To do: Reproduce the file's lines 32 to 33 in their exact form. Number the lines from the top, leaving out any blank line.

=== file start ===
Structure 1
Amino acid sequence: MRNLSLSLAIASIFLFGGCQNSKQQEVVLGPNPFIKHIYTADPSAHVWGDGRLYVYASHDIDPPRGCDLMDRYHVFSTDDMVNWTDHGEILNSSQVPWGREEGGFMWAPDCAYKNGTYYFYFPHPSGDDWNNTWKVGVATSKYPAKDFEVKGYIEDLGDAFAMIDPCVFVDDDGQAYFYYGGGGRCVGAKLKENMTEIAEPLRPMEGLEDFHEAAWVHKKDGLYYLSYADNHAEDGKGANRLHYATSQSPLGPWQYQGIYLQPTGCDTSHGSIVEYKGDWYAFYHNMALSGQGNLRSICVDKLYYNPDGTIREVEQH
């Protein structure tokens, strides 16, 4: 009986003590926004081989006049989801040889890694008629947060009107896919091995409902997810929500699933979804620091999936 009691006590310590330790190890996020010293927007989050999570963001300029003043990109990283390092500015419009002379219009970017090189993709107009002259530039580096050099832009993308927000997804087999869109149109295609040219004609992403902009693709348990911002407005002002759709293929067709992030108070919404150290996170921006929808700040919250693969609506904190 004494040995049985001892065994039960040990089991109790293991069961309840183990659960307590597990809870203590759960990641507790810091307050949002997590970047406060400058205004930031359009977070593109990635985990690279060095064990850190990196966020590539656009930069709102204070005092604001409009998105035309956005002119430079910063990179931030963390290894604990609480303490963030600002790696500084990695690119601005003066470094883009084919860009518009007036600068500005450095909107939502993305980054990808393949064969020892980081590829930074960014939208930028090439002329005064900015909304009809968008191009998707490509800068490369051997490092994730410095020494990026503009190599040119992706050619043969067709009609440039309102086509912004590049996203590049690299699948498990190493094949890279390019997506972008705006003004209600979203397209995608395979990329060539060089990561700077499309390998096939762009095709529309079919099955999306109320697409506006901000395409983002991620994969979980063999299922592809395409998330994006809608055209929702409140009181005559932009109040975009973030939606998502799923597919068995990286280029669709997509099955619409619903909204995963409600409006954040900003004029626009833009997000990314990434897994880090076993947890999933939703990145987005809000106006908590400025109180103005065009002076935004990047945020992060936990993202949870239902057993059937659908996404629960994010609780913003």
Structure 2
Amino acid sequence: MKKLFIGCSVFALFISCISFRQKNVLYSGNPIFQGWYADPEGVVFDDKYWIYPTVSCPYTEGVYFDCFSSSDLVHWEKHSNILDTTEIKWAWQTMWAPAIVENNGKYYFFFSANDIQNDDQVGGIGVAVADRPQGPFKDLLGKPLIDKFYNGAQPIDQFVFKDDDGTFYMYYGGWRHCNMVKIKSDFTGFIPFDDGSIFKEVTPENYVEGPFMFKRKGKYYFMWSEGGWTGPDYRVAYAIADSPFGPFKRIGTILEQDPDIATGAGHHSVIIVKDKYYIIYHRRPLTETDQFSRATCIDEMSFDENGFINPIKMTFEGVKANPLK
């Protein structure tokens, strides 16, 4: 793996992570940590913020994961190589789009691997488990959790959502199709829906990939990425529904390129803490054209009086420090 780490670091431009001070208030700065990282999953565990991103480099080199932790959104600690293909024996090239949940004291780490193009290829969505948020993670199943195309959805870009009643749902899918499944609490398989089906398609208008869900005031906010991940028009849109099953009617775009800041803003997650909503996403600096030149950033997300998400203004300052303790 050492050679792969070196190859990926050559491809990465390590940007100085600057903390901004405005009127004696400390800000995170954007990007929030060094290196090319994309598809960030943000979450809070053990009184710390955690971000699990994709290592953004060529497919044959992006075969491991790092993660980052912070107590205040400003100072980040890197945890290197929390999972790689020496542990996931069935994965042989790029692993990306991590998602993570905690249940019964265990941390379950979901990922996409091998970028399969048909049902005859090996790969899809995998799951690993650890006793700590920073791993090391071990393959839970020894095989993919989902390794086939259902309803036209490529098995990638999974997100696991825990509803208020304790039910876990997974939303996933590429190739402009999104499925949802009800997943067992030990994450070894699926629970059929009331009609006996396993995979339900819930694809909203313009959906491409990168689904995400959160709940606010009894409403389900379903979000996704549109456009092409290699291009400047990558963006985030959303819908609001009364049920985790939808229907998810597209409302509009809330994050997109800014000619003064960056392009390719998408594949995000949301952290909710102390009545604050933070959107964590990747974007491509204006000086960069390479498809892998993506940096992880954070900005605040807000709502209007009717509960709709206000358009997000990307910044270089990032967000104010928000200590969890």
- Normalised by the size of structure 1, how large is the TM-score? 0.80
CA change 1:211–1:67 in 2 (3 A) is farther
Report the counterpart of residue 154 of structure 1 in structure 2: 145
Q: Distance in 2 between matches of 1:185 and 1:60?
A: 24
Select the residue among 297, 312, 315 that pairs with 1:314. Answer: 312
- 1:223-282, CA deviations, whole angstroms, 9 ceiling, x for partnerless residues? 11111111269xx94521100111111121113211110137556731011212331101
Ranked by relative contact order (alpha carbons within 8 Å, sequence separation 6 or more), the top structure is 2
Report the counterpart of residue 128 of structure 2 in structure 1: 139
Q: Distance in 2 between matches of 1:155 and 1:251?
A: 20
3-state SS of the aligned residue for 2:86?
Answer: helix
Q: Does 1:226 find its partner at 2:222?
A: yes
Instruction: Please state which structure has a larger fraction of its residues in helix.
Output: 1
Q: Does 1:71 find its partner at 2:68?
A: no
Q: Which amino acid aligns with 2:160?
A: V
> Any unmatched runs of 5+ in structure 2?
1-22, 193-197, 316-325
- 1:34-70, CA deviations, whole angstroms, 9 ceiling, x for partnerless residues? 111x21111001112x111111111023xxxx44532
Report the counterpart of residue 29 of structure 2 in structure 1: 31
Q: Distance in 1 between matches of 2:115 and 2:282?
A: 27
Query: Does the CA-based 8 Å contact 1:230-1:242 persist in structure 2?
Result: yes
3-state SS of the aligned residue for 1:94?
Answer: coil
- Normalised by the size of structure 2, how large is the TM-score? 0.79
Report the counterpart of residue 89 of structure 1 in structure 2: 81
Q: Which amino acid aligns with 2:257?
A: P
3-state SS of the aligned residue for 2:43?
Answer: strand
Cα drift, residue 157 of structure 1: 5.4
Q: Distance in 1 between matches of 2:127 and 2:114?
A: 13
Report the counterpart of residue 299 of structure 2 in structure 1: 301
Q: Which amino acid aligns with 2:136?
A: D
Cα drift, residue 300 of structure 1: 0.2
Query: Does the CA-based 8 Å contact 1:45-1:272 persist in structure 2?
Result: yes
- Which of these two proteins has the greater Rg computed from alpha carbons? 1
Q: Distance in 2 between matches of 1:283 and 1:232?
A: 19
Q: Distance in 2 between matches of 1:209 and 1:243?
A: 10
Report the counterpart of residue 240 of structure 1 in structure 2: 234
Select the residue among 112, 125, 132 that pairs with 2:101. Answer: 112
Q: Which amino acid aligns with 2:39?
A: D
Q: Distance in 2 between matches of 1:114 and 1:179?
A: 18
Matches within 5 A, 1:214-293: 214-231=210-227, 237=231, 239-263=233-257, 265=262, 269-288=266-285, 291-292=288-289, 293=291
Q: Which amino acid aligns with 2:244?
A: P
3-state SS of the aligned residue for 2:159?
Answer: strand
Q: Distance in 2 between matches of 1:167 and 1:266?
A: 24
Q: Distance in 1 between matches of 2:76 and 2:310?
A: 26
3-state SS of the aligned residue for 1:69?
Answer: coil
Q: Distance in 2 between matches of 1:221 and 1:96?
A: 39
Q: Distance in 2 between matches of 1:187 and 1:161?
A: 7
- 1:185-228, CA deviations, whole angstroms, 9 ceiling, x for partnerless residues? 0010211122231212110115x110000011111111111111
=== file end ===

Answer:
Q: Distance in 1 between matches of 2:115 and 2:282?
A: 27